Most of it yes, i’d say 75% is skateboarding, both on and off the board. The rest mostly music related, some commercial shoots or daily happenings on streets wherever I happen to be. Most crazy big job I did outside of skateboarding was in the summer of ’15  when I was embedded with a cycling team, Team Lotto Jumbo, on the Tour De France with unlimited acces everywhere. I was just there to document ‘behind the scenes’, not so much the race itself. I loved doing that. I brought a bunch of equipment, but ended up only using my Leica for most of the reasons I mentioned earlier. The other gear didn’t even come out of the bag at all. Definitely down to do more of that too, that was intense. At first everyone was very aware of me, some didn’t even like my presence in the beginning, to say the least, as they looked at me as some sort of paparazzi, which I completely understood. Those guys are followed by the press everywhere they go and now they have one present in their most private moments as well. But after a few days they realised I wasn’t ‘one of them’, and just there to document their life while on the Tour. Not to make them specifically look bad, or good for that matter. Just to tell that story, the highs and the lows. At the time I didn’t know anything of cycling and there I am amidst one of the biggest sport events in the world. I was skating around at the start and finish line and soo became that one guy on the skateboard. And apparently us skateboarders have a special way of talking which seems to enjoy the riders and staff even more. Definitely broke the ice and probably got to shoot some photos I would not have been able to take otherwise because of that.



Lamscis Amsterdam 2000 Photo: Marcel Veldman


How long have you been shooting fotos? 

I’ve had a point and shoot forever, but i’d say I got into it seriously i’d say around 1999. My friend sold his SLR camera for a decent price, I borrowed the money from my girlfriend at the time, now my wife, thanks honey! Pretty soon after that I started to make a zine called “Guilty!’, followed pretty quick by the birth of Fluff Magazine, which we still do to this day.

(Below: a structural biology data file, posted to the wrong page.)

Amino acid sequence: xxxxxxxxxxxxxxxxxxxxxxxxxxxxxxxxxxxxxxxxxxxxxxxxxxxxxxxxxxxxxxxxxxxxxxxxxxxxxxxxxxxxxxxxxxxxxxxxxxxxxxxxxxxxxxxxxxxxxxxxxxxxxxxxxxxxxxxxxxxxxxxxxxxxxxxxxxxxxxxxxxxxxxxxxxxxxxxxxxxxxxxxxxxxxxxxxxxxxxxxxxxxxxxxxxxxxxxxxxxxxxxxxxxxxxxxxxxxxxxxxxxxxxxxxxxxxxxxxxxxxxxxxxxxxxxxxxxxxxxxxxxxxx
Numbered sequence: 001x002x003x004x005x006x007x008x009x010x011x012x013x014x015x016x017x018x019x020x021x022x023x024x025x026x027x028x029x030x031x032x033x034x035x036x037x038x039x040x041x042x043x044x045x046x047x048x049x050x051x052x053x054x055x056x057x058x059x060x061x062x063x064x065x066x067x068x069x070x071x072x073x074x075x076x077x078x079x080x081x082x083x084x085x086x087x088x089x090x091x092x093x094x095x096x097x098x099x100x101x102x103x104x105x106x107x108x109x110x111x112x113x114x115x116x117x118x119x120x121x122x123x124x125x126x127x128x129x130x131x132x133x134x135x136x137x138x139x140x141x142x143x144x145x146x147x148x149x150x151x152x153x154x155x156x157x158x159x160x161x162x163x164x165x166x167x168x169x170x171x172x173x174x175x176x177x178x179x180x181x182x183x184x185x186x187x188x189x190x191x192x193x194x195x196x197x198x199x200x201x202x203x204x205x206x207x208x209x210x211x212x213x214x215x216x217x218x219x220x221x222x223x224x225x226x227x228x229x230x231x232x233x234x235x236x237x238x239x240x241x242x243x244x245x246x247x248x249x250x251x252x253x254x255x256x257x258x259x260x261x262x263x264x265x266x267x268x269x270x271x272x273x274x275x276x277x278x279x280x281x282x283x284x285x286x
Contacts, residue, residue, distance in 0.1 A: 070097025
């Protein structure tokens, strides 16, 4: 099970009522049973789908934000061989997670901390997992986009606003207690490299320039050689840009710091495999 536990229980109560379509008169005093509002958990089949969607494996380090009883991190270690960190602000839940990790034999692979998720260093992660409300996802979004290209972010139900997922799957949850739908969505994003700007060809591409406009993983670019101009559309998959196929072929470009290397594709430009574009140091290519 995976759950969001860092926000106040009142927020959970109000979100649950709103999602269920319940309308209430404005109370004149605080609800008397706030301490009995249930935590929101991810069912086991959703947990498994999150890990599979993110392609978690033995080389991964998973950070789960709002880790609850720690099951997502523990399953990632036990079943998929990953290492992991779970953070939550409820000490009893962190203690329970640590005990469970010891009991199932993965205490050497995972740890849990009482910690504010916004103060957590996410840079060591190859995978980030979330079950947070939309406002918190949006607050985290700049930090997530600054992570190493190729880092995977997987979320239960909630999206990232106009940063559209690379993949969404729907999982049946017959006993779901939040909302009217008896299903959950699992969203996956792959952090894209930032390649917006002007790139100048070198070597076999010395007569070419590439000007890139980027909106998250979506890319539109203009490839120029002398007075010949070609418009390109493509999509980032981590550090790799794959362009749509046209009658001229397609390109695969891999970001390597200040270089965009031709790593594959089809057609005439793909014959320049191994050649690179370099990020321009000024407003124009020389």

Granttaylor Fsollie Rotterdam 2008 Photo: Marcel Veldman


What is your best photo mission? 

You know, it’s hard to predict. You really don’t know what’s going to happen. Sometimes the missions I would expect to be great turn out shit for whatever reason, mostly the weather honestly, or people get hurt early on. But some of them I had no expectations for at all turned out to be the best. You will never know what’s going to happen, and unlike some commercial stuff I’ve done, this is the freedom that you need to get some good, and if lucky, classic photographs.

Who do you preferred to shot photos with? 

Anybody that lives their life to the fullest, and we got quite a few of those in skateboarding haha.

Any photo advises? 

Well for me personally, the more I learned from shooting photos, especially with lights, the less I wanted to use it. Of course there are certain situations or assignments for that matter where you need artificial light and quite some equipment, but for my personal favourite photos I used either an on camera flash (my rollei for instance) or just available light. I like stuff that just happens, and I like it to be as real as possible, whether it’s skateboarding or something else. I love spontaneous moments. Always expect the unexpected.

Check more of  Marcel Veldman from  Fluff Magazine at  www.marcelveldman.com